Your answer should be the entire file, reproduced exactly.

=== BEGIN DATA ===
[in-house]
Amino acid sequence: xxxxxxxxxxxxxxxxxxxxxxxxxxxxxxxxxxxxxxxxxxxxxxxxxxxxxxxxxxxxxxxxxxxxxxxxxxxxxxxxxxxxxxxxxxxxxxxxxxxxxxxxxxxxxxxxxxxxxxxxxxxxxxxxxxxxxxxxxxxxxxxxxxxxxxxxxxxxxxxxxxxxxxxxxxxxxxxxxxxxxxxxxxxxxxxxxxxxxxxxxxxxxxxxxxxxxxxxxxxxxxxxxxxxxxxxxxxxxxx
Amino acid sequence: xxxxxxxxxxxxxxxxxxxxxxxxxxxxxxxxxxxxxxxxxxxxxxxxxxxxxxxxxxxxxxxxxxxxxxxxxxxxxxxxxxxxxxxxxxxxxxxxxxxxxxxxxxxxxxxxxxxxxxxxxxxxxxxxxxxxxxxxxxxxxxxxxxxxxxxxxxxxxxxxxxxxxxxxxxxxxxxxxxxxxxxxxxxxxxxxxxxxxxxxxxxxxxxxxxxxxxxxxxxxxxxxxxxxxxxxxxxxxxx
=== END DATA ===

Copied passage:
[in-house]
Amino acid sequence: xxxxxxxxxxxxxxxxxxxxxxxxxxxxxxxxxxxxxxxxxxxxxxxxxxxxxxxxxxxxxxxxxxxxxxxxxxxxxxxxxxxxxxxxxxxxxxxxxxxxxxxxxxxxxxxxxxxxxxxxxxxxxxxxxxxxxxxxxxxxxxxxxxxxxxxxxxxxxxxxxxxxxxxxxxxxxxxxxxxxxxxxxxxxxxxxxxxxxxxxxxxxxxxxxxxxxxxxxxxxxxxxxxxxxxxxxxxxxxx
Amino acid sequence: xxxxxxxxxxxxxxxxxxxxxxxxxxxxxxxxxxxxxxxxxxxxxxxxxxxxxxxxxxxxxxxxxxxxxxxxxxxxxxxxxxxxxxxxxxxxxxxxxxxxxxxxxxxxxxxxxxxxxxxxxxxxxxxxxxxxxxxxxxxxxxxxxxxxxxxxxxxxxxxxxxxxxxxxxxxxxxxxxxxxxxxxxxxxxxxxxxxxxxxxxxxxxxxxxxxxxxxxxxxxxxxxxxxxxxxxxxxxxxx